Answer Internal Staff
The Green Revolution’s success is often attributed to Norman Borland, an American scientist with a keen interest in agriculture. In the early 1940’s he was researching in Mexico and created a disease resistance high yield crop of wheat. This was combined with new mechanical agricultural technologies and Mexico was able to start producing excess wheat than was required to feed its own citizens, for the first time in its history and by the 1960’s has become an exported of wheat.
Due to the success of this technology, the Green Revolution started to spread globally. The US for example had been importing approximately half of its wheat during the 1940’s but became an exporter in the 1960’s in similar fashion to Mexico.
One advancement in plant technologies following the Revolution was that of the harvest index, this refers to the above ground weight of the crop. During the Revolution, plants that had the largest seeds were used to create the most production possible. Following this process of selective breeding larger seeds became dominate the more grain could be cultivated with each crop.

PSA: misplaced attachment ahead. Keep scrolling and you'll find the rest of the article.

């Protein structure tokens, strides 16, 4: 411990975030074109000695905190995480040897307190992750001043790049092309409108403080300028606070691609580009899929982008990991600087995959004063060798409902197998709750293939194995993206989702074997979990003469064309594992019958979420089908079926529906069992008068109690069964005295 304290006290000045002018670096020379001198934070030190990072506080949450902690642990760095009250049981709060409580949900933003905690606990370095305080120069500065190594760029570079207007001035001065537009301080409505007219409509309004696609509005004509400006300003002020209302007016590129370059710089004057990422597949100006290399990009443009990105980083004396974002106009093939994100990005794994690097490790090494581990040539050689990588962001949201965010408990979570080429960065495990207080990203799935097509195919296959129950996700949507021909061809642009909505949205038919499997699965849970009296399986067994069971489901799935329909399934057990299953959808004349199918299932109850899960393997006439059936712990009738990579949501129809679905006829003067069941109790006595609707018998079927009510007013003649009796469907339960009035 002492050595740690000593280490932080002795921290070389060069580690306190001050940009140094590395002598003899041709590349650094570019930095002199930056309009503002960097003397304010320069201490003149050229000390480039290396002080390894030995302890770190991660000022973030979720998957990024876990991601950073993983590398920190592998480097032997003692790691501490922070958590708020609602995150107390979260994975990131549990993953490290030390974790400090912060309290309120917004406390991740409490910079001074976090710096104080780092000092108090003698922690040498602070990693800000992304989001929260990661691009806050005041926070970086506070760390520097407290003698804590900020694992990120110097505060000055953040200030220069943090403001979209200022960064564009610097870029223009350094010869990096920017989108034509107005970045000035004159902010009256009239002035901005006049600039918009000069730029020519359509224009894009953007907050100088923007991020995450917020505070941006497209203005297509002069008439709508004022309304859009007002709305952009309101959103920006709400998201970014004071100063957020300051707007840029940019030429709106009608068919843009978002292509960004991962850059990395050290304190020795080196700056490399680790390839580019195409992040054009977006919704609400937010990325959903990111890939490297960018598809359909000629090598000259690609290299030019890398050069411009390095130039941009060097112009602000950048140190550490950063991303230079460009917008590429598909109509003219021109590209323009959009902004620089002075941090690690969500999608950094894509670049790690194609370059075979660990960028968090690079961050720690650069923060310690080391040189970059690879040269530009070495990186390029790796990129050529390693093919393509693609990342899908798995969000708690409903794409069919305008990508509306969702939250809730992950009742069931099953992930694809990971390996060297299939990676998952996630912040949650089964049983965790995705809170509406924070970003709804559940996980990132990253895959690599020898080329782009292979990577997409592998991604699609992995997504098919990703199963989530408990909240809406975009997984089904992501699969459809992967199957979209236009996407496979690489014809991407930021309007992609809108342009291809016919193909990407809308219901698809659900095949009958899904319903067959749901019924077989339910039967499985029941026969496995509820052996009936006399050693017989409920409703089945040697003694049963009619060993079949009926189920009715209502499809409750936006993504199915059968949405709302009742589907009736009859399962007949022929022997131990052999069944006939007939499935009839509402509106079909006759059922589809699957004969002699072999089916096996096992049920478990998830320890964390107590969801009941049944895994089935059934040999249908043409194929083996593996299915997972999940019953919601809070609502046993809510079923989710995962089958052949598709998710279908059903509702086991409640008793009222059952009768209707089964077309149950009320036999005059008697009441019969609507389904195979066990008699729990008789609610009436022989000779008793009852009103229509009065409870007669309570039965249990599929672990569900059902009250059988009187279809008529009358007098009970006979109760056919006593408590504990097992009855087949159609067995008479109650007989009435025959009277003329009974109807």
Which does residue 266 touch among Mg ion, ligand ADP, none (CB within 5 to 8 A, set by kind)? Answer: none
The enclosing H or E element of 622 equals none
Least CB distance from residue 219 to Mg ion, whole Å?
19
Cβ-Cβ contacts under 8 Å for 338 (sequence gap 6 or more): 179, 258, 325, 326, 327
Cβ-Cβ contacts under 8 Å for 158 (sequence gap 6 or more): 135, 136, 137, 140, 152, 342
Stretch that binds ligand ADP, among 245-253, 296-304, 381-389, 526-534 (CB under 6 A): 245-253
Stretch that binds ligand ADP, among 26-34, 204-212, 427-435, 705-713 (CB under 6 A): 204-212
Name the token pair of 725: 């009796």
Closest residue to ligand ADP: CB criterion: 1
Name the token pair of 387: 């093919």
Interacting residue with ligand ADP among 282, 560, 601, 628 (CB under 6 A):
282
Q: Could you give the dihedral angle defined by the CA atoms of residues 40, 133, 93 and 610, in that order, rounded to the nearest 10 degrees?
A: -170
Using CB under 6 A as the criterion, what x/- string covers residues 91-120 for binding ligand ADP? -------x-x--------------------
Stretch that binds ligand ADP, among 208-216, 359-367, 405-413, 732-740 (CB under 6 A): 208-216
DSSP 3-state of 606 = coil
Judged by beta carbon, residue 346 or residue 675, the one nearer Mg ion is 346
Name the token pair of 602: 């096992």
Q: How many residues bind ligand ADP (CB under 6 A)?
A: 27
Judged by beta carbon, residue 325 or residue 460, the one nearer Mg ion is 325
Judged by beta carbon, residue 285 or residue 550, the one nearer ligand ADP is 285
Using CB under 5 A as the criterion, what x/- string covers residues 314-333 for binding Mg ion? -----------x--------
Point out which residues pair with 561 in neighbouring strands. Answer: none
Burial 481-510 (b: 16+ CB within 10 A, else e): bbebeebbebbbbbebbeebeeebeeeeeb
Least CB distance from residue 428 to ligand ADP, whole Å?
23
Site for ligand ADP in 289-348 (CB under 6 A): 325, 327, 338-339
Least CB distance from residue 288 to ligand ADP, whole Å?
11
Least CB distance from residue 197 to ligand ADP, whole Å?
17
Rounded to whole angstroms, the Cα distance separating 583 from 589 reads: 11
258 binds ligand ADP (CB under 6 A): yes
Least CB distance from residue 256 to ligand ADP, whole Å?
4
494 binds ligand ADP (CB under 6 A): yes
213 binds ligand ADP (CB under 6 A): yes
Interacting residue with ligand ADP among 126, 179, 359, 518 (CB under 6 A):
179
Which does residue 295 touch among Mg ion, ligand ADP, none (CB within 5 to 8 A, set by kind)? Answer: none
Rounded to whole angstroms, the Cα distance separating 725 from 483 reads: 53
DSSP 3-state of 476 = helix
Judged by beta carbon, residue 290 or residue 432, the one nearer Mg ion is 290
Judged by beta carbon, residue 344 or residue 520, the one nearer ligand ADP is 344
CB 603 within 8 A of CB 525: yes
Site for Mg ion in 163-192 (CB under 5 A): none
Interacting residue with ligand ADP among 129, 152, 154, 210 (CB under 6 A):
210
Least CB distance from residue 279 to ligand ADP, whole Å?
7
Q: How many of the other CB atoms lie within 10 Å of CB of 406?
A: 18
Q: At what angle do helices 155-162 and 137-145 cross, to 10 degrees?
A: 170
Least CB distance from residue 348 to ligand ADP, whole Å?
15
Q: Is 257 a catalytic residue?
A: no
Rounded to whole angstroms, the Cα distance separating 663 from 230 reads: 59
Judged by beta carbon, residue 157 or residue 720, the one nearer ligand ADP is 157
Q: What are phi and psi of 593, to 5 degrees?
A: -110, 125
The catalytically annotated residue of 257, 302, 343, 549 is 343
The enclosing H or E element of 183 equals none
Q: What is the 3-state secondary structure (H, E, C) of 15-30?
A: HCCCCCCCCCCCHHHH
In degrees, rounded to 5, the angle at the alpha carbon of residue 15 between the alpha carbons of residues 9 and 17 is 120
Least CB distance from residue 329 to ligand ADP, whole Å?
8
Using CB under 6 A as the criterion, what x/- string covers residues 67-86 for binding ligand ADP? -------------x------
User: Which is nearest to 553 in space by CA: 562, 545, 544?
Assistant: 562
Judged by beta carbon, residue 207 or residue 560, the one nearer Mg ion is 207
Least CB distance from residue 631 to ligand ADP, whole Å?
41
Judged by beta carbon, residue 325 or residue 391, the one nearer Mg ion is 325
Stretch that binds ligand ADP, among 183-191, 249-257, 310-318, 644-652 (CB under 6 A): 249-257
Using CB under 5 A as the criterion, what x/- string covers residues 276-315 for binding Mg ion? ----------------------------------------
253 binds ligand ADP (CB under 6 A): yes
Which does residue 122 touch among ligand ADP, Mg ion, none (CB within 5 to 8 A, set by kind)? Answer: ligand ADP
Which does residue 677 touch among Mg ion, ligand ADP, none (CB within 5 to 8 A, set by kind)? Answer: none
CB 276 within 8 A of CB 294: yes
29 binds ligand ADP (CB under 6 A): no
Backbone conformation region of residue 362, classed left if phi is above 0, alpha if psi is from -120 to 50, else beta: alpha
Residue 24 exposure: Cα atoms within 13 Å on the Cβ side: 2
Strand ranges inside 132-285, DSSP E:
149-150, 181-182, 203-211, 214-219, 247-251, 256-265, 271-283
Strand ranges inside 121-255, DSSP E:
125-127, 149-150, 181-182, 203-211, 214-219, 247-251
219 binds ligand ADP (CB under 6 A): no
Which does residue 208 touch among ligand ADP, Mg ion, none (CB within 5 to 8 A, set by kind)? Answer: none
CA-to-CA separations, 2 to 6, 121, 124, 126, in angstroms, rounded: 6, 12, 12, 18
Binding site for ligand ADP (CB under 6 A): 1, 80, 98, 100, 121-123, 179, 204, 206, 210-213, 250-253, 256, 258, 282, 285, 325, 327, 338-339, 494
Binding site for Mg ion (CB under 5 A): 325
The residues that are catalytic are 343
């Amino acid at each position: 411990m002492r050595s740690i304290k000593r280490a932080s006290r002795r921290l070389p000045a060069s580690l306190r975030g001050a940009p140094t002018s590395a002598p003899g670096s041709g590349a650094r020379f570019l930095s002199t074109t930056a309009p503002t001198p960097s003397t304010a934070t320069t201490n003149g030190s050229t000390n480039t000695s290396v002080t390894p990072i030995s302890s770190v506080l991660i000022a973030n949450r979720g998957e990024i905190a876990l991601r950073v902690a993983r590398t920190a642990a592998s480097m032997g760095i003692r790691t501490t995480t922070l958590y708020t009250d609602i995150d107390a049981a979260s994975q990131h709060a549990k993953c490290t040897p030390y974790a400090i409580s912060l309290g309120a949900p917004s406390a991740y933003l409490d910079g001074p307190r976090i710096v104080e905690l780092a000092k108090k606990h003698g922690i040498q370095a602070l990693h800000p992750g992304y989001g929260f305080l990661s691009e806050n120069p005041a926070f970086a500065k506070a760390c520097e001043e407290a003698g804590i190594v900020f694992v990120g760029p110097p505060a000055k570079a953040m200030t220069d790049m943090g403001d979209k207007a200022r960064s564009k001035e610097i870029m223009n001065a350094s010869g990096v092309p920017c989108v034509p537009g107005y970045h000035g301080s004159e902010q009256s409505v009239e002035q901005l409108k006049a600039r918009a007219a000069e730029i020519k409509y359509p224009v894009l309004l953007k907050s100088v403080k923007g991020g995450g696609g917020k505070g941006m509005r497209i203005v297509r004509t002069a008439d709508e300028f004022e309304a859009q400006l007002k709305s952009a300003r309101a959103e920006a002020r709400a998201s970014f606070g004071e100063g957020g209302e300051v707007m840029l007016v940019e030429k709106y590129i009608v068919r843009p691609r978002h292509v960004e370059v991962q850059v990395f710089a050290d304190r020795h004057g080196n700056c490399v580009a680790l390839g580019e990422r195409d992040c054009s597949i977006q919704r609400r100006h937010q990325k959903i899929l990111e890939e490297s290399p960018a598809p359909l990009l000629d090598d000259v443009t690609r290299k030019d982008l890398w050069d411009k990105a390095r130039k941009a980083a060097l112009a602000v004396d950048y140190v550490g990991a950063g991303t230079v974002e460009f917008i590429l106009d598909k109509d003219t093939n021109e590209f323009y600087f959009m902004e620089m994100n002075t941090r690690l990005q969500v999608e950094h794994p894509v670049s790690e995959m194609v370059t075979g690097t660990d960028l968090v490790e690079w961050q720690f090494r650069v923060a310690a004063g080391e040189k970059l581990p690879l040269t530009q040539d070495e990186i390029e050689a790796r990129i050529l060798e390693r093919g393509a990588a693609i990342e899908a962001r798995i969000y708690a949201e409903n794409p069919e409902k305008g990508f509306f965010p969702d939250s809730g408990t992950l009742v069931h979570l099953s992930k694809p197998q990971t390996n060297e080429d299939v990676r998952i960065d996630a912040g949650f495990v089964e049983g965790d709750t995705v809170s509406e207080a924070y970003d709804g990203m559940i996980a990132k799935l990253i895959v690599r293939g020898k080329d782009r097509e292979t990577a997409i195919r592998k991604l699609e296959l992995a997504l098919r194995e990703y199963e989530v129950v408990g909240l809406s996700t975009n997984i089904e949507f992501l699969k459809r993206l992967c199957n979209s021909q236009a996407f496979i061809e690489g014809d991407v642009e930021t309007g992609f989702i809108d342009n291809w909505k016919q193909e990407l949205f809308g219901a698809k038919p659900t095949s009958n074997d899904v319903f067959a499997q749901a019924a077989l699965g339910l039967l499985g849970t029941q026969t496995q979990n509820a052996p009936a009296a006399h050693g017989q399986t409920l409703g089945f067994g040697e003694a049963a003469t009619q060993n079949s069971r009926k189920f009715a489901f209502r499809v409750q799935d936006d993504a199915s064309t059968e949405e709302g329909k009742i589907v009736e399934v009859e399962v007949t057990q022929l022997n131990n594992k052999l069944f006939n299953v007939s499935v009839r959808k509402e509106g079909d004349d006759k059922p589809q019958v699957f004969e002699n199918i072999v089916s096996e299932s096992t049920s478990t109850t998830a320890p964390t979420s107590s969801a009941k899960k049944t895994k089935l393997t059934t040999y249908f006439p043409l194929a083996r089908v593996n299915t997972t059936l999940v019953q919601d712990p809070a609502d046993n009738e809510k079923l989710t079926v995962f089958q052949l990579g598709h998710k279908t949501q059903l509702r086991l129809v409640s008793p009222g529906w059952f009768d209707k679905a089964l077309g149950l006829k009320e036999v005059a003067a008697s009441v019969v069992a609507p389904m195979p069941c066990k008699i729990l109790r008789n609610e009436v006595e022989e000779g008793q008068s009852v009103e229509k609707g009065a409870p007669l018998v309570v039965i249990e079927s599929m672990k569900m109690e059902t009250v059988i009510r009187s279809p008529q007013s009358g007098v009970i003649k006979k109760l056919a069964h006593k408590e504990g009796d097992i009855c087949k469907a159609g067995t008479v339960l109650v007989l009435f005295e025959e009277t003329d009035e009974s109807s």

The large above ground crops then lead to an increase in photosynthate allocation for the crop itself. By maximising the seed of the plant, the crops were able to photosynthesise more efficiently as the energy they produced could be directly fed back to the food portion of the plant.
On a global scale, the newly developed crops were no longer sensitive to day length, this meant that they no longer had to be situated in certain countries around the globe that gave them the required level of sunlight but could be produced almost anywhere. This led to a rapid increase in crop growth across Europe as well as the Americas.